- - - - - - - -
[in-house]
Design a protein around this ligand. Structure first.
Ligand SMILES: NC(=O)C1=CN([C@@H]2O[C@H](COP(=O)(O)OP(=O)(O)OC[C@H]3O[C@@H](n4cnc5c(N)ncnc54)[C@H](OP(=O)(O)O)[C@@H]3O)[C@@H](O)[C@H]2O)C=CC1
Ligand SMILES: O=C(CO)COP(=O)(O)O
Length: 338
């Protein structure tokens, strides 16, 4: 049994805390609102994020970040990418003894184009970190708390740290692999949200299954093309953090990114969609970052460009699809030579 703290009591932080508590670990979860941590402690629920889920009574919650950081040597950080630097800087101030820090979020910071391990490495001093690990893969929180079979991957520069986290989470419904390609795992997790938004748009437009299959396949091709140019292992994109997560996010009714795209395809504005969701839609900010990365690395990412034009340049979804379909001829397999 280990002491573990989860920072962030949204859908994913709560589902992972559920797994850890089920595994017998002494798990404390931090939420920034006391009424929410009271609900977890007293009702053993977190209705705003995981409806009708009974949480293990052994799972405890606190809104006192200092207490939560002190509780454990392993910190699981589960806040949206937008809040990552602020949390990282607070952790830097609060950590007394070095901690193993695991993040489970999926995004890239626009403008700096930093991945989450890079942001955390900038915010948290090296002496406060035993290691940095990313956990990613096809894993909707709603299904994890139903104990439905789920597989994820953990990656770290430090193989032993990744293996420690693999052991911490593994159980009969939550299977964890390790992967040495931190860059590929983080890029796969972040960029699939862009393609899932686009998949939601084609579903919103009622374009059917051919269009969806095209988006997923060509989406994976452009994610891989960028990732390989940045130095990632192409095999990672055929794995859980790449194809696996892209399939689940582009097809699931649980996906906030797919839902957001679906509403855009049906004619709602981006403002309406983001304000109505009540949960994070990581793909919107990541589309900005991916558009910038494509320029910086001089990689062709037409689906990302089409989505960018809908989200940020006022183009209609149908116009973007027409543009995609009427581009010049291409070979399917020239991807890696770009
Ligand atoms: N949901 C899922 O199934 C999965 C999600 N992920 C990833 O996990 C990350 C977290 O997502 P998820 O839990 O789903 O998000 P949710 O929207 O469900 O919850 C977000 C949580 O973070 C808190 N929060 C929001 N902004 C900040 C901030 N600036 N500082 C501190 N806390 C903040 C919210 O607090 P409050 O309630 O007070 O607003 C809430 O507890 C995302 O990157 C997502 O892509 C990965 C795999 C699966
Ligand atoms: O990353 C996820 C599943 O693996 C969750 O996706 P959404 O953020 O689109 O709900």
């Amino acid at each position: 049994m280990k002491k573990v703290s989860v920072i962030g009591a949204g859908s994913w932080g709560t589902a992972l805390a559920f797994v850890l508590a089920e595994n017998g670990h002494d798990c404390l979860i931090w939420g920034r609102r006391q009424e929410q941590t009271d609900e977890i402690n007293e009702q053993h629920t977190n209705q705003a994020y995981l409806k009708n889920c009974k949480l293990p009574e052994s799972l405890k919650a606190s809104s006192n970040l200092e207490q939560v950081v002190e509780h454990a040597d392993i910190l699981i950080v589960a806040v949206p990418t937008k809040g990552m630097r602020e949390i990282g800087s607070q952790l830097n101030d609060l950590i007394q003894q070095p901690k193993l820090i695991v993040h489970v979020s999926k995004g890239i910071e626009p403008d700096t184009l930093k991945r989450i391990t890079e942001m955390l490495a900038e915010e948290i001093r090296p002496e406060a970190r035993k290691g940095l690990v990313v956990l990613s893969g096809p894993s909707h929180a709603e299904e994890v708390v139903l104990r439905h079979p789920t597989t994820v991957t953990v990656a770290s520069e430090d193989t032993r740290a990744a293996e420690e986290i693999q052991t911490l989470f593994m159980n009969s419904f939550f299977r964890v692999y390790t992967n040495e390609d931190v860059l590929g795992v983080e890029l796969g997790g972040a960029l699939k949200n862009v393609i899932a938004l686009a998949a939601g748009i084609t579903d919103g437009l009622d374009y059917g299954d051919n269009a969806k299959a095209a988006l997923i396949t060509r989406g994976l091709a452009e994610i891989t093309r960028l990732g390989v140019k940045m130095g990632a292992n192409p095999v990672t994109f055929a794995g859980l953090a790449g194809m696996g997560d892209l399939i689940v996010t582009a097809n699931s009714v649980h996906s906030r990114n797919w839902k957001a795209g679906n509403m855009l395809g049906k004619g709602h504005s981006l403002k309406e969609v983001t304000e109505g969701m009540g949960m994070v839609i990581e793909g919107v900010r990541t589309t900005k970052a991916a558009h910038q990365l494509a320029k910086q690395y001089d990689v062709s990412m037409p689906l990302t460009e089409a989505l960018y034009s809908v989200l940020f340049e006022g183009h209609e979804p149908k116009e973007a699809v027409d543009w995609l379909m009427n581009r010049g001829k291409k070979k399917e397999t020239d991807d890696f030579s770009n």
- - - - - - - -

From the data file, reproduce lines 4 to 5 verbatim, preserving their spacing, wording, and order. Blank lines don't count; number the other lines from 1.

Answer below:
Ligand SMILES: O=C(CO)COP(=O)(O)O
Length: 338